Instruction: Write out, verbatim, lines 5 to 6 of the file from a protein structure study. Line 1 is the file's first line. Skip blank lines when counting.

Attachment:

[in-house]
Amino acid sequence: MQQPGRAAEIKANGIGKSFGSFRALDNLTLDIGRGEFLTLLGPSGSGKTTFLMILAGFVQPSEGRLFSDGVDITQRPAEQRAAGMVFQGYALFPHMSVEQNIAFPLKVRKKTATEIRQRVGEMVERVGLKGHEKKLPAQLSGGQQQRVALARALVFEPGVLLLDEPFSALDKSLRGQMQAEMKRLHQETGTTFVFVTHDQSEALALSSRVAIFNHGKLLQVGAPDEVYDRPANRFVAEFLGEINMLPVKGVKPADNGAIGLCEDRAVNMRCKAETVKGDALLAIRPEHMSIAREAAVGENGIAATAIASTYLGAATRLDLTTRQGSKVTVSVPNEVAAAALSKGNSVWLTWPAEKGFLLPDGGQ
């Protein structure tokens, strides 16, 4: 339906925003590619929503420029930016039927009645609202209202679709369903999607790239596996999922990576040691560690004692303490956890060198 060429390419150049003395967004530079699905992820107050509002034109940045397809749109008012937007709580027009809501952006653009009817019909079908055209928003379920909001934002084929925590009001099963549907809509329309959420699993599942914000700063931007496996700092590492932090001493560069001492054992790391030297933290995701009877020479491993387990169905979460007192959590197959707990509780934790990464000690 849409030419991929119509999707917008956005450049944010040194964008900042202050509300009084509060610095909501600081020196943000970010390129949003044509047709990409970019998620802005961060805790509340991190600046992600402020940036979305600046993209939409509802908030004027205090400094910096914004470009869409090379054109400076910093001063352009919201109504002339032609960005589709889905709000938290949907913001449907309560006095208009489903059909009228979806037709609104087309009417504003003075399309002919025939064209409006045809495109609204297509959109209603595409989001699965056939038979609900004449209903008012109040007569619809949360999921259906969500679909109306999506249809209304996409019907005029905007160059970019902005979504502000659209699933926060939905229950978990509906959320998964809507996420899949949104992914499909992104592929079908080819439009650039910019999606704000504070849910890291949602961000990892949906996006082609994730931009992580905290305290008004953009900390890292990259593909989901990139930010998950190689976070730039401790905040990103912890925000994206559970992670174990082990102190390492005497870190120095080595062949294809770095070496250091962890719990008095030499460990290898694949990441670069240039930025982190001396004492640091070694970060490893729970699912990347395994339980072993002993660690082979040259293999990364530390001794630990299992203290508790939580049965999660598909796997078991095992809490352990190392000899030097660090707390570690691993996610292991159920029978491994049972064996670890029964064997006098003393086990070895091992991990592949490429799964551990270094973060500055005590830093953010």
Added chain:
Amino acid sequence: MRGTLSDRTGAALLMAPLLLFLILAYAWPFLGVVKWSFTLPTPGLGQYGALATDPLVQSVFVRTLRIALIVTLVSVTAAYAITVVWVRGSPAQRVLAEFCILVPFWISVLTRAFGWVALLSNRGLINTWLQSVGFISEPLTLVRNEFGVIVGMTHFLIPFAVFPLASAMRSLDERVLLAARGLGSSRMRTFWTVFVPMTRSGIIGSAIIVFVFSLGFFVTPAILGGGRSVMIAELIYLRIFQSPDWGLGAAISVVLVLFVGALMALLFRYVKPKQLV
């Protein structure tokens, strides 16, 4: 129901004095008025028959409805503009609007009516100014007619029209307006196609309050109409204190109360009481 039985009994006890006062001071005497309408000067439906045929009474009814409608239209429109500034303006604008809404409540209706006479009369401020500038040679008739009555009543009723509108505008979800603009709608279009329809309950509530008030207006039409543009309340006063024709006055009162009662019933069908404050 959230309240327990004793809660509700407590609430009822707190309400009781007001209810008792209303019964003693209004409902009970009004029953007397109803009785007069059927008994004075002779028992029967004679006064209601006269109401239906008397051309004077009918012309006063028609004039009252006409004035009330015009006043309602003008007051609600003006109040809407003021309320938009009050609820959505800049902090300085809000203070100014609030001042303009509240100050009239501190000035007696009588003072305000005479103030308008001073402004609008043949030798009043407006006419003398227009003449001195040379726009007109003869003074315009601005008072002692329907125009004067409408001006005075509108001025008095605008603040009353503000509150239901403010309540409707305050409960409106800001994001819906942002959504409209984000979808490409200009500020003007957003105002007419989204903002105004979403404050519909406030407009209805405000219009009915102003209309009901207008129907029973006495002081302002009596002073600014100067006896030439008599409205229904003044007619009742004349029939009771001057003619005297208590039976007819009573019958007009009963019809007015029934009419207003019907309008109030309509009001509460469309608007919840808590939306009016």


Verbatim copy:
Amino acid sequence: MRGTLSDRTGAALLMAPLLLFLILAYAWPFLGVVKWSFTLPTPGLGQYGALATDPLVQSVFVRTLRIALIVTLVSVTAAYAITVVWVRGSPAQRVLAEFCILVPFWISVLTRAFGWVALLSNRGLINTWLQSVGFISEPLTLVRNEFGVIVGMTHFLIPFAVFPLASAMRSLDERVLLAARGLGSSRMRTFWTVFVPMTRSGIIGSAIIVFVFSLGFFVTPAILGGGRSVMIAELIYLRIFQSPDWGLGAAISVVLVLFVGALMALLFRYVKPKQLV
């Protein structure tokens, strides 16, 4: 129901004095008025028959409805503009609007009516100014007619029209307006196609309050109409204190109360009481 039985009994006890006062001071005497309408000067439906045929009474009814409608239209429109500034303006604008809404409540209706006479009369401020500038040679008739009555009543009723509108505008979800603009709608279009329809309950509530008030207006039409543009309340006063024709006055009162009662019933069908404050 959230309240327990004793809660509700407590609430009822707190309400009781007001209810008792209303019964003693209004409902009970009004029953007397109803009785007069059927008994004075002779028992029967004679006064209601006269109401239906008397051309004077009918012309006063028609004039009252006409004035009330015009006043309602003008007051609600003006109040809407003021309320938009009050609820959505800049902090300085809000203070100014609030001042303009509240100050009239501190000035007696009588003072305000005479103030308008001073402004609008043949030798009043407006006419003398227009003449001195040379726009007109003869003074315009601005008072002692329907125009004067409408001006005075509108001025008095605008603040009353503000509150239901403010309540409707305050409960409106800001994001819906942002959504409209984000979808490409200009500020003007957003105002007419989204903002105004979403404050519909406030407009209805405000219009009915102003209309009901207008129907029973006495002081302002009596002073600014100067006896030439008599409205229904003044007619009742004349029939009771001057003619005297208590039976007819009573019958007009009963019809007015029934009419207003019907309008109030309509009001509460469309608007919840808590939306009016």